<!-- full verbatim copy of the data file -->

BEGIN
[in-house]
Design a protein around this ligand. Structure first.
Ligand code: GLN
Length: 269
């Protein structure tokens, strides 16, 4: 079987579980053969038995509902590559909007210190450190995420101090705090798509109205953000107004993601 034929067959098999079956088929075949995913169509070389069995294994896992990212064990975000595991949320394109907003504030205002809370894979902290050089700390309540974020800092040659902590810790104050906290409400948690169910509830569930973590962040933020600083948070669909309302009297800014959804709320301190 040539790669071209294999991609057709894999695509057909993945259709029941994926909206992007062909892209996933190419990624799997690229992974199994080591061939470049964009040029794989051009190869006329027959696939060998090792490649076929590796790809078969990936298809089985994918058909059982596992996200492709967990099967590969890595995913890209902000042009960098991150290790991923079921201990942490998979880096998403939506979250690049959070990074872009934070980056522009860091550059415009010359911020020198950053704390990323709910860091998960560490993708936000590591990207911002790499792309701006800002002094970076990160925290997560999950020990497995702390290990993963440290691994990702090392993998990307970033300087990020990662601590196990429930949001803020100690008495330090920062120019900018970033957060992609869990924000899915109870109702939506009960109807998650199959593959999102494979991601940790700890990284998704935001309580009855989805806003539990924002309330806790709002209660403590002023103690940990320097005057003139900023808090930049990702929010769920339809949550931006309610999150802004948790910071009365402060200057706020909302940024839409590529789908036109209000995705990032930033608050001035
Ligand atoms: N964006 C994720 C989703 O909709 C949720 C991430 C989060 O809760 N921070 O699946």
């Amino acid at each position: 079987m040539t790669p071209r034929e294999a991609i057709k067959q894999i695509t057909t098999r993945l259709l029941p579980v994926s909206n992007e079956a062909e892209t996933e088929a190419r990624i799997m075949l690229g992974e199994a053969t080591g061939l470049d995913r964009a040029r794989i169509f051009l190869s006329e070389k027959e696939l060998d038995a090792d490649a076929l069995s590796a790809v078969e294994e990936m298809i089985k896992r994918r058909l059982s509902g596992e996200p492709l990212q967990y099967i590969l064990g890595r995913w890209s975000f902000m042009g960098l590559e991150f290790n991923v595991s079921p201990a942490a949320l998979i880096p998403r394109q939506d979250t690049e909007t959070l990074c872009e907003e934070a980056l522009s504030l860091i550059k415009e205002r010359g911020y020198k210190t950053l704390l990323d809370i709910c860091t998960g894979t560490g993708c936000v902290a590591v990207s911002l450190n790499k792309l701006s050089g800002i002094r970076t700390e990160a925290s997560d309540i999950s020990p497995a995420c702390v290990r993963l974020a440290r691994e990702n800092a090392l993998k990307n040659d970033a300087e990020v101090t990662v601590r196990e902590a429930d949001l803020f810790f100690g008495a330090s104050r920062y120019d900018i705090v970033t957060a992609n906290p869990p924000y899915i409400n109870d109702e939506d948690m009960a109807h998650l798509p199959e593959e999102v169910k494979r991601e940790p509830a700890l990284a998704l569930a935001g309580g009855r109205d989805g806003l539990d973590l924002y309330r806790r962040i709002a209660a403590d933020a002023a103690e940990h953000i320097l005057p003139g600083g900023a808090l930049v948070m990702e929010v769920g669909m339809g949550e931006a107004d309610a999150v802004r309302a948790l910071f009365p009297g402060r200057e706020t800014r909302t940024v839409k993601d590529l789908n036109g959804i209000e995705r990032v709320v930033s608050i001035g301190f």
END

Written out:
[in-house]
Design a protein around this ligand. Structure first.
Ligand code: GLN
Length: 269
């Protein structure tokens, strides 16, 4: 079987579980053969038995509902590559909007210190450190995420101090705090798509109205953000107004993601 034929067959098999079956088929075949995913169509070389069995294994896992990212064990975000595991949320394109907003504030205002809370894979902290050089700390309540974020800092040659902590810790104050906290409400948690169910509830569930973590962040933020600083948070669909309302009297800014959804709320301190 040539790669071209294999991609057709894999695509057909993945259709029941994926909206992007062909892209996933190419990624799997690229992974199994080591061939470049964009040029794989051009190869006329027959696939060998090792490649076929590796790809078969990936298809089985994918058909059982596992996200492709967990099967590969890595995913890209902000042009960098991150290790991923079921201990942490998979880096998403939506979250690049959070990074872009934070980056522009860091550059415009010359911020020198950053704390990323709910860091998960560490993708936000590591990207911002790499792309701006800002002094970076990160925290997560999950020990497995702390290990993963440290691994990702090392993998990307970033300087990020990662601590196990429930949001803020100690008495330090920062120019900018970033957060992609869990924000899915109870109702939506009960109807998650199959593959999102494979991601940790700890990284998704935001309580009855989805806003539990924002309330806790709002209660403590002023103690940990320097005057003139900023808090930049990702929010769920339809949550931006309610999150802004948790910071009365402060200057706020909302940024839409590529789908036109209000995705990032930033608050001035
Ligand atoms: N964006 C994720 C989703 O909709 C949720 C991430 C989060 O809760 N921070 O699946």
């Amino acid at each position: 079987m040539t790669p071209r034929e294999a991609i057709k067959q894999i695509t057909t098999r993945l259709l029941p579980v994926s909206n992007e079956a062909e892209t996933e088929a190419r990624i799997m075949l690229g992974e199994a053969t080591g061939l470049d995913r964009a040029r794989i169509f051009l190869s006329e070389k027959e696939l060998d038995a090792d490649a076929l069995s590796a790809v078969e294994e990936m298809i089985k896992r994918r058909l059982s509902g596992e996200p492709l990212q967990y099967i590969l064990g890595r995913w890209s975000f902000m042009g960098l590559e991150f290790n991923v595991s079921p201990a942490a949320l998979i880096p998403r394109q939506d979250t690049e909007t959070l990074c872009e907003e934070a980056l522009s504030l860091i550059k415009e205002r010359g911020y020198k210190t950053l704390l990323d809370i709910c860091t998960g894979t560490g993708c936000v902290a590591v990207s911002l450190n790499k792309l701006s050089g800002i002094r970076t700390e990160a925290s997560d309540i999950s020990p497995a995420c702390v290990r993963l974020a440290r691994e990702n800092a090392l993998k990307n040659d970033a300087e990020v101090t990662v601590r196990e902590a429930d949001l803020f810790f100690g008495a330090s104050r920062y120019d900018i705090v970033t957060a992609n906290p869990p924000y899915i409400n109870d109702e939506d948690m009960a109807h998650l798509p199959e593959e999102v169910k494979r991601e940790p509830a700890l990284a998704l569930a935001g309580g009855r109205d989805g806003l539990d973590l924002y309330r806790r962040i709002a209660a403590d933020a002023a103690e940990h953000i320097l005057p003139g600083g900023a808090l930049v948070m990702e929010v769920g669909m339809g949550e931006a107004d309610a999150v802004r309302a948790l910071f009365p009297g402060r200057e706020t800014r909302t940024v839409k993601d590529l789908n036109g959804i209000e995705r990032v709320v930033s608050i001035g301190f």